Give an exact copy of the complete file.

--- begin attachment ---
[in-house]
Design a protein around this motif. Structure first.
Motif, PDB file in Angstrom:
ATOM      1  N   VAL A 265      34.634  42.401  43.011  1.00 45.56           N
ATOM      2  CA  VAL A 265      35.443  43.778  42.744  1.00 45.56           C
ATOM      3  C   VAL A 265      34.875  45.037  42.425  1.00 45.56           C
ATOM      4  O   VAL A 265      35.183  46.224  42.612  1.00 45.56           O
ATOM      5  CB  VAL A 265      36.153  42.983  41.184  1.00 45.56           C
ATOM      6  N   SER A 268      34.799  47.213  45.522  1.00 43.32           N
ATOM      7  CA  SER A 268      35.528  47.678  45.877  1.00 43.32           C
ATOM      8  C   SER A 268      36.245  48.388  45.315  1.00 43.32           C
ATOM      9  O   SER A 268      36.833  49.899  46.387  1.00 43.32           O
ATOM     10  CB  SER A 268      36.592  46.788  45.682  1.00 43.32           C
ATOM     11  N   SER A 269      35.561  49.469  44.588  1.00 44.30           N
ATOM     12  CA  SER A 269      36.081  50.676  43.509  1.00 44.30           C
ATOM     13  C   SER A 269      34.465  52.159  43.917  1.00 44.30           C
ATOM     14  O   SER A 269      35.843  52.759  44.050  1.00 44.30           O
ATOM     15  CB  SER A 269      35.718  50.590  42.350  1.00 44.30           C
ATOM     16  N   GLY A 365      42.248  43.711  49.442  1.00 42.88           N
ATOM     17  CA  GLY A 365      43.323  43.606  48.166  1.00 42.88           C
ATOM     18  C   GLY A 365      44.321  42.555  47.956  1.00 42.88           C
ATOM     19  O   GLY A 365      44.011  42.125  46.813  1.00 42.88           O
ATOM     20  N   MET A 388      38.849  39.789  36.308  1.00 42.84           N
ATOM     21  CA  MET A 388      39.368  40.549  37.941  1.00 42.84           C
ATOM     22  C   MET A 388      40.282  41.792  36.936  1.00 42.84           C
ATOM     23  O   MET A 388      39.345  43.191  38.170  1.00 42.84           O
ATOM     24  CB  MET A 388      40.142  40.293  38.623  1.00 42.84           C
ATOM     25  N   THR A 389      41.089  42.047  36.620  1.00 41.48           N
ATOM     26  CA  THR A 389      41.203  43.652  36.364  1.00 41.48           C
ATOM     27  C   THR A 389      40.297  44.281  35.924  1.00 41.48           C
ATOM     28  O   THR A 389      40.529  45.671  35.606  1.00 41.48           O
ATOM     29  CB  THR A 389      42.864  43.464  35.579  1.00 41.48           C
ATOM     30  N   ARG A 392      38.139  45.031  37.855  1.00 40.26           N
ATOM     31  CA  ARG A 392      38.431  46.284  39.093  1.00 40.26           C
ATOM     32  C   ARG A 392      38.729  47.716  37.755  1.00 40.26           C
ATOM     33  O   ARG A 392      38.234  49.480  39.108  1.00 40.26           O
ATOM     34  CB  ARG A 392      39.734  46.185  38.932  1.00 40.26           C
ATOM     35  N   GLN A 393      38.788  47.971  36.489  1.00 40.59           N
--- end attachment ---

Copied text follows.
[in-house]
Design a protein around this motif. Structure first.
Motif, PDB file in Angstrom:
ATOM      1  N   VAL A 265      34.634  42.401  43.011  1.00 45.56           N
ATOM      2  CA  VAL A 265      35.443  43.778  42.744  1.00 45.56           C
ATOM      3  C   VAL A 265      34.875  45.037  42.425  1.00 45.56           C
ATOM      4  O   VAL A 265      35.183  46.224  42.612  1.00 45.56           O
ATOM      5  CB  VAL A 265      36.153  42.983  41.184  1.00 45.56           C
ATOM      6  N   SER A 268      34.799  47.213  45.522  1.00 43.32           N
ATOM      7  CA  SER A 268      35.528  47.678  45.877  1.00 43.32           C
ATOM      8  C   SER A 268      36.245  48.388  45.315  1.00 43.32           C
ATOM      9  O   SER A 268      36.833  49.899  46.387  1.00 43.32           O
ATOM     10  CB  SER A 268      36.592  46.788  45.682  1.00 43.32           C
ATOM     11  N   SER A 269      35.561  49.469  44.588  1.00 44.30           N
ATOM     12  CA  SER A 269      36.081  50.676  43.509  1.00 44.30           C
ATOM     13  C   SER A 269      34.465  52.159  43.917  1.00 44.30           C
ATOM     14  O   SER A 269      35.843  52.759  44.050  1.00 44.30           O
ATOM     15  CB  SER A 269      35.718  50.590  42.350  1.00 44.30           C
ATOM     16  N   GLY A 365      42.248  43.711  49.442  1.00 42.88           N
ATOM     17  CA  GLY A 365      43.323  43.606  48.166  1.00 42.88           C
ATOM     18  C   GLY A 365      44.321  42.555  47.956  1.00 42.88           C
ATOM     19  O   GLY A 365      44.011  42.125  46.813  1.00 42.88           O
ATOM     20  N   MET A 388      38.849  39.789  36.308  1.00 42.84           N
ATOM     21  CA  MET A 388      39.368  40.549  37.941  1.00 42.84           C
ATOM     22  C   MET A 388      40.282  41.792  36.936  1.00 42.84           C
ATOM     23  O   MET A 388      39.345  43.191  38.170  1.00 42.84           O
ATOM     24  CB  MET A 388      40.142  40.293  38.623  1.00 42.84           C
ATOM     25  N   THR A 389      41.089  42.047  36.620  1.00 41.48           N
ATOM     26  CA  THR A 389      41.203  43.652  36.364  1.00 41.48           C
ATOM     27  C   THR A 389      40.297  44.281  35.924  1.00 41.48           C
ATOM     28  O   THR A 389      40.529  45.671  35.606  1.00 41.48           O
ATOM     29  CB  THR A 389      42.864  43.464  35.579  1.00 41.48           C
ATOM     30  N   ARG A 392      38.139  45.031  37.855  1.00 40.26           N
ATOM     31  CA  ARG A 392      38.431  46.284  39.093  1.00 40.26           C
ATOM     32  C   ARG A 392      38.729  47.716  37.755  1.00 40.26           C
ATOM     33  O   ARG A 392      38.234  49.480  39.108  1.00 40.26           O
ATOM     34  CB  ARG A 392      39.734  46.185  38.932  1.00 40.26           C
ATOM     35  N   GLN A 393      38.788  47.971  36.489  1.00 40.59           N